Moving forward, expect the board to hire an executive director and to appoint a chief privacy auditor to conduct audits of businesses to ensure compliance with the CPRA.  Within the next two years, the agency is expected to undertake the update of the existing CCPA rules and issue new ones/

CPPA enforcement will not start until July 1, 2023, which is six months after the CPRA goes into effect. The AG will continue to have power to enforce the CPRA through civil penalties while also be required to coordinate its efforts with the CPPA.

CCPA’s New Regulations

On March 15, the California Attorney General’s office (AG) announced that the Office of Administrative Law (OAL) has approved the Attorney General’s proposed changes to the CCPA regulations. The new regulations make three general changes relating to the right to opt out of sales and one change to authorized agent requests.  Below,

  • Offline Opt-Out Methods. § 999.306(b)(3).  There is a requirement for businesses that sell personal information that is collected offline to inform consumers not only of their right to opt out but also of the instructions for exercising that right through an offline method. In providing an illustration of an offline opt-out method, the regulations propose that a brick-and-mortar store, for example, may inform consumers of their right to opt-out on the paper forms that collect the personal information or by posting signage in the area where the personal information is collected.  There is another example offered.
  • Opt-Out Icon. § 999.306(f)(1).  The new regulations include an opt-out icon (not button). It “may be used in addition to, but not in lieu of, posting a notice of the right to opt-out of sales and a ‘Do Not Sell My Personal Information’ link.” The requirement for the icon is that it “shall be approximately the same size as any other icons used by the business on its webpage.”  Businesses may download the icon here.
opt out icon
  • Ban on Dark Patterns. (§999.315 (h). Dark patterns are, essentially, interfaces or system designs that intentionally exploit cognitive and behavioral biases for the purpose of getting people to behave a certain way even if that behavior does not align with their preferences. The new regulations provide five examples of dark patterns that business must avoid, including (1) the use of confusing language, (2) the require that consumers click through or listen to reasons why they should not opt-out, and (3) the requirement that consumers scroll through privacy policies or similar documents after clicking the “Do Not Sell My Personal Information” link.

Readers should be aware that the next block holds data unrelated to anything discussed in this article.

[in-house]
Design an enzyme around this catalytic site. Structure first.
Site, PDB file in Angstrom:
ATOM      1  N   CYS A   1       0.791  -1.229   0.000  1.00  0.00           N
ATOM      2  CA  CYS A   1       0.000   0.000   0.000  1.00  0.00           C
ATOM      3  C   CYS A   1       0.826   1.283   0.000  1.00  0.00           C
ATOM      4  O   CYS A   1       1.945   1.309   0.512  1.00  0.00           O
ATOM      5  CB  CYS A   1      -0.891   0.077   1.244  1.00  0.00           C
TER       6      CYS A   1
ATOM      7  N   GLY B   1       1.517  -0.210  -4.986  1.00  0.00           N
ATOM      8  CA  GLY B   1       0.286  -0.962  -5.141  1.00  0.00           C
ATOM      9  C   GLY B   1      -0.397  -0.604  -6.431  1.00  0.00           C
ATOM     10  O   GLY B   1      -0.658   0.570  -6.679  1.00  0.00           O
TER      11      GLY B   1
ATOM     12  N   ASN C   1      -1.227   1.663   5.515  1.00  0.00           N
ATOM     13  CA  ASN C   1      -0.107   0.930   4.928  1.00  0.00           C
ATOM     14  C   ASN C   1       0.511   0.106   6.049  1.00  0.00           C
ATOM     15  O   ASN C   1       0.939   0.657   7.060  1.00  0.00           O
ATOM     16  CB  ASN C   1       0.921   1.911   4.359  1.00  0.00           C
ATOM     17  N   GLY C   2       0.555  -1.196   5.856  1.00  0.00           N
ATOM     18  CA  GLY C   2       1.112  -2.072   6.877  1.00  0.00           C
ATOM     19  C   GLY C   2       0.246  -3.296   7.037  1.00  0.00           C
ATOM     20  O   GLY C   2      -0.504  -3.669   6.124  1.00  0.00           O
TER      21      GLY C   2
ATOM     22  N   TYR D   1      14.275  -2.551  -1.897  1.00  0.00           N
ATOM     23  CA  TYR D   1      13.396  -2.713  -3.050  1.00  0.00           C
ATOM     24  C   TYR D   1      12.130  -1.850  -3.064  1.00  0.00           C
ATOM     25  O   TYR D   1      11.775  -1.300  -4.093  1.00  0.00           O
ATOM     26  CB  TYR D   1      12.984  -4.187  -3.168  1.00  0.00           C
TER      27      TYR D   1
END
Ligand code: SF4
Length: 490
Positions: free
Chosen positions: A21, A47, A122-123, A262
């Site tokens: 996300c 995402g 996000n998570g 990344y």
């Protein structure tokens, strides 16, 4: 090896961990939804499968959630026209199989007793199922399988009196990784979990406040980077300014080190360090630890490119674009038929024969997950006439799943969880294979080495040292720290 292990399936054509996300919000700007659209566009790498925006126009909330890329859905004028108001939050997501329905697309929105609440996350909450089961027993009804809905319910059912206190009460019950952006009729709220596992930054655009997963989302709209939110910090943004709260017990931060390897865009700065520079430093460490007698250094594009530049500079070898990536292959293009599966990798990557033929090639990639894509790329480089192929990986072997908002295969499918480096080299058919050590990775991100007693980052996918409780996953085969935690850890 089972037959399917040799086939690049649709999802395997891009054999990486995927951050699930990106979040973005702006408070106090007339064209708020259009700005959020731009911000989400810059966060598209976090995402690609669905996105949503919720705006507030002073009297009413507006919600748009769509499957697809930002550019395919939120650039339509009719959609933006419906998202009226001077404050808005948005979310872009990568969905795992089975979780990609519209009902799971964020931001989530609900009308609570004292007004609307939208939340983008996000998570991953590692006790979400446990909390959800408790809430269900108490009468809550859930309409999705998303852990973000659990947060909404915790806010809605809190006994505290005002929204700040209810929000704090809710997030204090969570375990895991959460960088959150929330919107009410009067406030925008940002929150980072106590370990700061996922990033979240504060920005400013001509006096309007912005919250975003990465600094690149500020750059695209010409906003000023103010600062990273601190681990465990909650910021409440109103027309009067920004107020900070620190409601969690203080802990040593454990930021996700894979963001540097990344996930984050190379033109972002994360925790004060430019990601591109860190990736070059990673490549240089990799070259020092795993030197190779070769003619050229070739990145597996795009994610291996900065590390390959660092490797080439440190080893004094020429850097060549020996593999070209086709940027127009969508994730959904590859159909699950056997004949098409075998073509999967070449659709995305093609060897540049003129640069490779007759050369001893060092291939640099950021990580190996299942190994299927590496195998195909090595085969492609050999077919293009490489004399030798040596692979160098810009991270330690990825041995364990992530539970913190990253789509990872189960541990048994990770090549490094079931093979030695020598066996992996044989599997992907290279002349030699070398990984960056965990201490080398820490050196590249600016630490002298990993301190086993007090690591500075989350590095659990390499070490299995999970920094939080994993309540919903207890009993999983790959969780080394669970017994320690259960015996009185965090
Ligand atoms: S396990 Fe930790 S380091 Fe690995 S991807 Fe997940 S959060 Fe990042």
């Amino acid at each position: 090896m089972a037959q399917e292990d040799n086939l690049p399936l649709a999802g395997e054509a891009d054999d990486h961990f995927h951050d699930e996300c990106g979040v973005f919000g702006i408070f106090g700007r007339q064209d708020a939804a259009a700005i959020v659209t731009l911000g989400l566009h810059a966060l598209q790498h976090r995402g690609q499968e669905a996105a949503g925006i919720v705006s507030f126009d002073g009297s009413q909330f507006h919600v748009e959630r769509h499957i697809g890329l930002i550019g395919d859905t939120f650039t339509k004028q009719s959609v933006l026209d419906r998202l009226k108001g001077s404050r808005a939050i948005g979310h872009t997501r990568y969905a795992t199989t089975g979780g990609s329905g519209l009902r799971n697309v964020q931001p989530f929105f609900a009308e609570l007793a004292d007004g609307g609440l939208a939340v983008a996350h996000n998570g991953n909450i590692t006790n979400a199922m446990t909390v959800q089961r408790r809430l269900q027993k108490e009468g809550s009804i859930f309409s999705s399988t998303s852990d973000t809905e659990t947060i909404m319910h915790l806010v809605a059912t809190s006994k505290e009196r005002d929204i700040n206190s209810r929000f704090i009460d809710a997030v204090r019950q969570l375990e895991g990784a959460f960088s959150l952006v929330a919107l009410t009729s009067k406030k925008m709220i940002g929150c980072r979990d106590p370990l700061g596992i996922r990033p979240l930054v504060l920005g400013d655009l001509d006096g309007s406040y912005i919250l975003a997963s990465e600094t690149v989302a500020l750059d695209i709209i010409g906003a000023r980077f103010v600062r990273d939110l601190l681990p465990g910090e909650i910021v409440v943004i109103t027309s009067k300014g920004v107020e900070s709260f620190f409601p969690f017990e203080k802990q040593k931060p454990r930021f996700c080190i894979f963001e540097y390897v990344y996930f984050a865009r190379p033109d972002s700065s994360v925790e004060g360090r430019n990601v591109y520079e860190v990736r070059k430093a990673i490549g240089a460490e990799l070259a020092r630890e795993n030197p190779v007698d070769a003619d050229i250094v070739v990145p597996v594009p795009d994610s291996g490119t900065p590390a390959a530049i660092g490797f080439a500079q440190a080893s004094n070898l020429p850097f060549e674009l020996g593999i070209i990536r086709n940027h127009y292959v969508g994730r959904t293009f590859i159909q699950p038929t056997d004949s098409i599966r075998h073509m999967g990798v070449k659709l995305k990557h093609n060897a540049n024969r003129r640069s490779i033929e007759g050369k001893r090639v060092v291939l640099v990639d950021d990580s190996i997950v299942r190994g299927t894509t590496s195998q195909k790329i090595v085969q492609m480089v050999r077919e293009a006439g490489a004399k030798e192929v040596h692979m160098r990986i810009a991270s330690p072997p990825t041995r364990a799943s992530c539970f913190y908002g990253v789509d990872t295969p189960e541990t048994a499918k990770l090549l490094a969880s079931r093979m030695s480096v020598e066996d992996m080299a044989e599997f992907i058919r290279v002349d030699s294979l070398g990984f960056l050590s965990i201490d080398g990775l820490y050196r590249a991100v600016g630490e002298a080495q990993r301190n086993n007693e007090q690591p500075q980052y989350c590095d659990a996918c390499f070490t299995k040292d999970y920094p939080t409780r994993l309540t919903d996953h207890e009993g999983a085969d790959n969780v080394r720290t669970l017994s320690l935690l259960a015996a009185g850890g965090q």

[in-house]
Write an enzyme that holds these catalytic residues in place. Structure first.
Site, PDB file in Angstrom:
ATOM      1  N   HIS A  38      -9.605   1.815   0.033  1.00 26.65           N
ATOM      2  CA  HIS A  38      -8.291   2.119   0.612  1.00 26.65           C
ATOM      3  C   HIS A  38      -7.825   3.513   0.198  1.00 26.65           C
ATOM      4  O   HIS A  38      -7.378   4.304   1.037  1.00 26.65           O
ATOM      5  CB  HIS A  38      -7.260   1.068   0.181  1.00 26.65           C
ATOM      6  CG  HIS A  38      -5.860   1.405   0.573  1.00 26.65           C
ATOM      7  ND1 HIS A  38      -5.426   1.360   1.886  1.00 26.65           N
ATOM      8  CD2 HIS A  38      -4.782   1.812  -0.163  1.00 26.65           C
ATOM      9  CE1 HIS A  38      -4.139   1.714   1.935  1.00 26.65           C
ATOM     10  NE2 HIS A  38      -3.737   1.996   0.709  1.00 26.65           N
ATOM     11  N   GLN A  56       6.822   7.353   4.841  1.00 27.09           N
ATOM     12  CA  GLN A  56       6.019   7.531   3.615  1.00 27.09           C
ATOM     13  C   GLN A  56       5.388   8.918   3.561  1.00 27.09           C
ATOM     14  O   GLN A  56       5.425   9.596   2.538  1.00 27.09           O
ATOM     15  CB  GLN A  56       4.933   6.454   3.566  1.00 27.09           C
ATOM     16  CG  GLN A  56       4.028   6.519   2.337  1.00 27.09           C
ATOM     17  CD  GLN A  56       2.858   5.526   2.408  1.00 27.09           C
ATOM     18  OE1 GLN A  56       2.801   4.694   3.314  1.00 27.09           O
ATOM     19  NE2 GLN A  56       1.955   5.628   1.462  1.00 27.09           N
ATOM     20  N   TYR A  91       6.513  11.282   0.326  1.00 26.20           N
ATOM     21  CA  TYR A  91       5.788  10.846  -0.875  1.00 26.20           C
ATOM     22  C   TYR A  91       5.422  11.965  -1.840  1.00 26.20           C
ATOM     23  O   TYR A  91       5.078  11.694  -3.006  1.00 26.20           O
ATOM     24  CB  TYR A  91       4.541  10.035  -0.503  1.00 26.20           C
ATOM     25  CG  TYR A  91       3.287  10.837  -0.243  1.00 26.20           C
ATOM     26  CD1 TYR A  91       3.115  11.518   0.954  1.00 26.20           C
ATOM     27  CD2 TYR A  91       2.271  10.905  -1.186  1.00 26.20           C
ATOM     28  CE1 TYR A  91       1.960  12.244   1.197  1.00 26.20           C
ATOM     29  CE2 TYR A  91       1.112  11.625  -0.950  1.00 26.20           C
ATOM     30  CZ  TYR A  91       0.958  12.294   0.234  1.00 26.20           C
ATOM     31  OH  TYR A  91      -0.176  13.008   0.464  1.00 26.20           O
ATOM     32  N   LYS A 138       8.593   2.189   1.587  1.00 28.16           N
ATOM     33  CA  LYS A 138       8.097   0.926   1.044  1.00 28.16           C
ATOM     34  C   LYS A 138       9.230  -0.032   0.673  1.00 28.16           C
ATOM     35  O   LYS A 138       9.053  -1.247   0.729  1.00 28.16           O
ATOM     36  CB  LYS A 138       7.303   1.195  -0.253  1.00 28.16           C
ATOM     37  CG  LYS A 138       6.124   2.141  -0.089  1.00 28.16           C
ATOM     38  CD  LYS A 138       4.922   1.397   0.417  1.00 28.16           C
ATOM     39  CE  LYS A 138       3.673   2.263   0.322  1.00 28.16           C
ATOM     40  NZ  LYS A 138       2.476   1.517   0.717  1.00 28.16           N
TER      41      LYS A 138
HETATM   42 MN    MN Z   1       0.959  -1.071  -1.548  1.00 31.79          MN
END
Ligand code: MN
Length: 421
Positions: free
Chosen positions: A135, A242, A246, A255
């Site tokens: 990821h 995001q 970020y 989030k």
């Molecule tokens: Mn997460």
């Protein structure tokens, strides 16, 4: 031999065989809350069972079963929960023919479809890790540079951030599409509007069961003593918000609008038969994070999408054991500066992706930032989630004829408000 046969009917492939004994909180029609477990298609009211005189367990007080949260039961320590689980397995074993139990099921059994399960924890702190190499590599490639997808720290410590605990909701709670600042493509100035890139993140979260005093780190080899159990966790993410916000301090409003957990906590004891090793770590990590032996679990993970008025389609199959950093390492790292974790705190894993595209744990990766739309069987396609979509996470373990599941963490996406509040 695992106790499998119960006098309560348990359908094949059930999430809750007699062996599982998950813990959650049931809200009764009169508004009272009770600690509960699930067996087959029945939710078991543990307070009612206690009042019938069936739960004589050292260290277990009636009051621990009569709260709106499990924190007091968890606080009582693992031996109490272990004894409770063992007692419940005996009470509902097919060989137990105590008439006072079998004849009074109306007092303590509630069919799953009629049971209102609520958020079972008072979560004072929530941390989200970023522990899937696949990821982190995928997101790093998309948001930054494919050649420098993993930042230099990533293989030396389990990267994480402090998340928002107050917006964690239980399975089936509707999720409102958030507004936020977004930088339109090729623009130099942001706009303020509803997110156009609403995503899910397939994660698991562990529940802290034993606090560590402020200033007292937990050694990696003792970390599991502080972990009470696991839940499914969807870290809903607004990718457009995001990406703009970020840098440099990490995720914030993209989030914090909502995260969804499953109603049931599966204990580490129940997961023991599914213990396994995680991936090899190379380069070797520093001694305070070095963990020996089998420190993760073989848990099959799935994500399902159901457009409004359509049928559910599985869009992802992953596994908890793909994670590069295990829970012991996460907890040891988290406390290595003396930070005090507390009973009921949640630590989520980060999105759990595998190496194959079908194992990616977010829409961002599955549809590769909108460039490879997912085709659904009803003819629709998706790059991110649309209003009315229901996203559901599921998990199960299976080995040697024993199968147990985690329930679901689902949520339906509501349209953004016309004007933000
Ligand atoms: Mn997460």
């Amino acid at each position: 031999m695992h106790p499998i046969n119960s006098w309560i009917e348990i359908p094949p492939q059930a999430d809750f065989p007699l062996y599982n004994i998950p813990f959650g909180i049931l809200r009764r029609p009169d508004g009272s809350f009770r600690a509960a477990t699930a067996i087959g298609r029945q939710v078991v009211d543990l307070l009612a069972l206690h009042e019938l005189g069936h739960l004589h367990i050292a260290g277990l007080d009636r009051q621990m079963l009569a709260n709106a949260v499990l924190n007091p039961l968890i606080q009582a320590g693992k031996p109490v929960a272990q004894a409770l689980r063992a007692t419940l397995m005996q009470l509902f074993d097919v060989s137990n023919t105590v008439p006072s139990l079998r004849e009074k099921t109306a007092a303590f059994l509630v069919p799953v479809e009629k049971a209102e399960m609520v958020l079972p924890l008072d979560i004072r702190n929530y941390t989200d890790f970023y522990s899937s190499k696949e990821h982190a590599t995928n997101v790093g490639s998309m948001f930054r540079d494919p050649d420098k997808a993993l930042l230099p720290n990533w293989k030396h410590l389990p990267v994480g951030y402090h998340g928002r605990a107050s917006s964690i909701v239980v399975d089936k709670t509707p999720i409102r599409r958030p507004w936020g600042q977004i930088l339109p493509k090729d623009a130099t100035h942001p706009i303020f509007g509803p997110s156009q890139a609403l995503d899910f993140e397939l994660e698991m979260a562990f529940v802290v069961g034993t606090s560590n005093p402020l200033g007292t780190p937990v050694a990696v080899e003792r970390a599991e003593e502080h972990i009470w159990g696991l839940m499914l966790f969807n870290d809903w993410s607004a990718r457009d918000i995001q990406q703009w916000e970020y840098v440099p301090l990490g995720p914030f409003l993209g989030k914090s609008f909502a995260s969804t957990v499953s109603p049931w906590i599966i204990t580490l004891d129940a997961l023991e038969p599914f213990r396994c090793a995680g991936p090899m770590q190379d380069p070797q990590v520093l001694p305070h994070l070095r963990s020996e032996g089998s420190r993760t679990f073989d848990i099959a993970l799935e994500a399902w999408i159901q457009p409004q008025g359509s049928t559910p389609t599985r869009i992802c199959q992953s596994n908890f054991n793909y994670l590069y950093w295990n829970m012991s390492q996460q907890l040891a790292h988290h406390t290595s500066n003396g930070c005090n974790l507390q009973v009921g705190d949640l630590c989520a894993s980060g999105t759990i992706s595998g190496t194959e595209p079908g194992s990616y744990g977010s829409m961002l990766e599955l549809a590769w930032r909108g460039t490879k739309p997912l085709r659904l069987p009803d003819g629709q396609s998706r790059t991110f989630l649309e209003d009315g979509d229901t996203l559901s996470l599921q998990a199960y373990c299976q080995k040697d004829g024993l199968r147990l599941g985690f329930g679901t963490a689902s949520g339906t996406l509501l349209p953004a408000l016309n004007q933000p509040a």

• Authorized Agent Verification.  (§999.326). A business may now require an authorized agent to provide proof that the consumer gave the agent signed permission to submit the request.

Of note, the Attorney General’s press release made two comments with respect to enforcement.  First, the press release stated the following: “Since CCPA enforcement began on July 1, 2020, the Department has seen widespread compliance by companies doing business in California, especially in response to notices to cure.”

Second, the AG’s press release stated “[s]ome of the Attorney General’s responsibilities under the CCPA will transition over to the California Privacy Protection Agency created under the CPRA” the Attorney General will still “retain the authority to go to court to enforce CPRA.”

District Court Denies Motion to Dismiss COPPA Claim

By Aaron Lawson[1]

A motion to dismiss filed by Google, LLC in an enforcement action by the Mississippi Attorney General under the Children’s Online Privacy Protection Act (“COPPA”) was recently denied by the U.S. District Court for the Northern District of Mississippi.

Mississippi’s lawsuit generally alleges that, through its G Suite for Education (or “GSFE”), tracks the online behavior of students, and uses that data to build profiles of individual students that Google uses for commercial purposes.[2] The lawsuit began in state court in 2017, and was limited at the time to a state-law unfair-practices claim, under the Mississippi Consumer Protection Act, in which the State alleged that Google misrepresented its data-collection practices through its GSFE privacy policies and by signing the Student Privacy Pledge, a set of industry-backed measures meant to assuage concerns surrounding data privacy and educational technology. In state court, Google moved to dismiss on venue grounds, and the venue question went up to the state supreme court before it was resolved in the State’s favor.